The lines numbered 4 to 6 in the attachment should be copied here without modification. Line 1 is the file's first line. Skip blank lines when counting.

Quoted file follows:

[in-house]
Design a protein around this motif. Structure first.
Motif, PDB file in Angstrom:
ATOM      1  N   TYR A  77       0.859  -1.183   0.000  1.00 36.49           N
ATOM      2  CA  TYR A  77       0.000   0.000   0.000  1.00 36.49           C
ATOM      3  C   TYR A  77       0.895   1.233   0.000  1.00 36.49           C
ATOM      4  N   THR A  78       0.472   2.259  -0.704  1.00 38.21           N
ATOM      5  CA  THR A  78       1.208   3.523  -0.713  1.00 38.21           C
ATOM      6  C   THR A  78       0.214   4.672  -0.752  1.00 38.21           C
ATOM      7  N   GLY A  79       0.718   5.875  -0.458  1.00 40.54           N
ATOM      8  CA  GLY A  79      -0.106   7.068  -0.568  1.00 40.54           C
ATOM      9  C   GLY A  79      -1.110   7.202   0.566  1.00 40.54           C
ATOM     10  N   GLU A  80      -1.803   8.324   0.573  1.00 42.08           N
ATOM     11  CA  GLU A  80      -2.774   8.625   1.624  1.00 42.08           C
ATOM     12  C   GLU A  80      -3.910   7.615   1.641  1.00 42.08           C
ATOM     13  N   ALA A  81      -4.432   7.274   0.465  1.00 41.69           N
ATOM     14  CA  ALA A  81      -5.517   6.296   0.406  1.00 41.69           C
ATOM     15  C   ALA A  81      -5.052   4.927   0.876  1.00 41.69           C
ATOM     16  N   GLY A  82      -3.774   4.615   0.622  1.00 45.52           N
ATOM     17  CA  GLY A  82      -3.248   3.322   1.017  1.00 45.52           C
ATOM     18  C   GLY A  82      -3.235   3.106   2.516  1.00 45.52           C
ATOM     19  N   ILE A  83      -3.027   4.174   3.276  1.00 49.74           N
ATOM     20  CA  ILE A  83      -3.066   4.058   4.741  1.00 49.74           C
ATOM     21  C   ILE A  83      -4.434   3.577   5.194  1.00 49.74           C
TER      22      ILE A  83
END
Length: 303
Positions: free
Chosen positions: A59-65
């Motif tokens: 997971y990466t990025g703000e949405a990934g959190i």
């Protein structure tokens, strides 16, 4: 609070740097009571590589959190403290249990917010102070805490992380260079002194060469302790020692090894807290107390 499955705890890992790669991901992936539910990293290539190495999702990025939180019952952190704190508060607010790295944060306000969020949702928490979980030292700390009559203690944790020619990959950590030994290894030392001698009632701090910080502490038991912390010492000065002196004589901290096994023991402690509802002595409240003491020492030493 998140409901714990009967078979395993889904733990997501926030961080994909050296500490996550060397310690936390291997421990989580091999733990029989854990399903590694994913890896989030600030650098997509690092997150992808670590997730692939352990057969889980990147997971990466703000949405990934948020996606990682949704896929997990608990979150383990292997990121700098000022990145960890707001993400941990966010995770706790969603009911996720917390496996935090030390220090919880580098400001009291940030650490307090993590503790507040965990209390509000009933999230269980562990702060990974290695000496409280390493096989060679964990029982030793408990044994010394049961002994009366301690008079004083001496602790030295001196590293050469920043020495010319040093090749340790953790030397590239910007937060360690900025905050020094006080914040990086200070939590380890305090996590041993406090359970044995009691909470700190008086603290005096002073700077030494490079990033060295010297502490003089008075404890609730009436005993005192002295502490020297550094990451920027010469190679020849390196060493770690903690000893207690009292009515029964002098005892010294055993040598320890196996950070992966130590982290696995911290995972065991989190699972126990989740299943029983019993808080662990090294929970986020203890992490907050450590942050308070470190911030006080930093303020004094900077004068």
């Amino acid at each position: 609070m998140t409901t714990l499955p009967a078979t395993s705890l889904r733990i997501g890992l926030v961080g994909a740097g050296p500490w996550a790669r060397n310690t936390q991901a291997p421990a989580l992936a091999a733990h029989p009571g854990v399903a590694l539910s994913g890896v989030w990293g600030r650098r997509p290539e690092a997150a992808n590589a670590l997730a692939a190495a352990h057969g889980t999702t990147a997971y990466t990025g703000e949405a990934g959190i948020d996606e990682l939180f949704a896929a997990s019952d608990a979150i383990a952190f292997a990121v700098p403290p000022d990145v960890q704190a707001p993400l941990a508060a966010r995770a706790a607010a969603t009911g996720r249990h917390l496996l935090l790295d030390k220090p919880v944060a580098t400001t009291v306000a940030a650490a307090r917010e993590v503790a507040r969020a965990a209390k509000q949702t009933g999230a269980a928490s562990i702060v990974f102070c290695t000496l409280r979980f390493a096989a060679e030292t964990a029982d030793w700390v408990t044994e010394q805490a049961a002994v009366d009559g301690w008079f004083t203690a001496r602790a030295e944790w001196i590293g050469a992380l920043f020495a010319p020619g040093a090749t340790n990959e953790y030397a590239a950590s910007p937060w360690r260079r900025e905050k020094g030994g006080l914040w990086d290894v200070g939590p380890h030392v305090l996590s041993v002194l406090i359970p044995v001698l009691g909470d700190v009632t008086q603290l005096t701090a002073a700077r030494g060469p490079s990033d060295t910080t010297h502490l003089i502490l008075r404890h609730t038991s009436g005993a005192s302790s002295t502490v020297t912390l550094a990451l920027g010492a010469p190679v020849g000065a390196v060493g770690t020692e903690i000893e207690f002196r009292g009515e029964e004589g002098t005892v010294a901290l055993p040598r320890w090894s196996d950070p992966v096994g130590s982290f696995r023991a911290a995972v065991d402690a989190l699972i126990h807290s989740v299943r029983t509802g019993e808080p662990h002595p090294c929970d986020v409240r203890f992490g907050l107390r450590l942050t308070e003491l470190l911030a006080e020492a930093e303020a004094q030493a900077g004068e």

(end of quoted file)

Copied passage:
ATOM      1  N   TYR A  77       0.859  -1.183   0.000  1.00 36.49           N
ATOM      2  CA  TYR A  77       0.000   0.000   0.000  1.00 36.49           C
ATOM      3  C   TYR A  77       0.895   1.233   0.000  1.00 36.49           C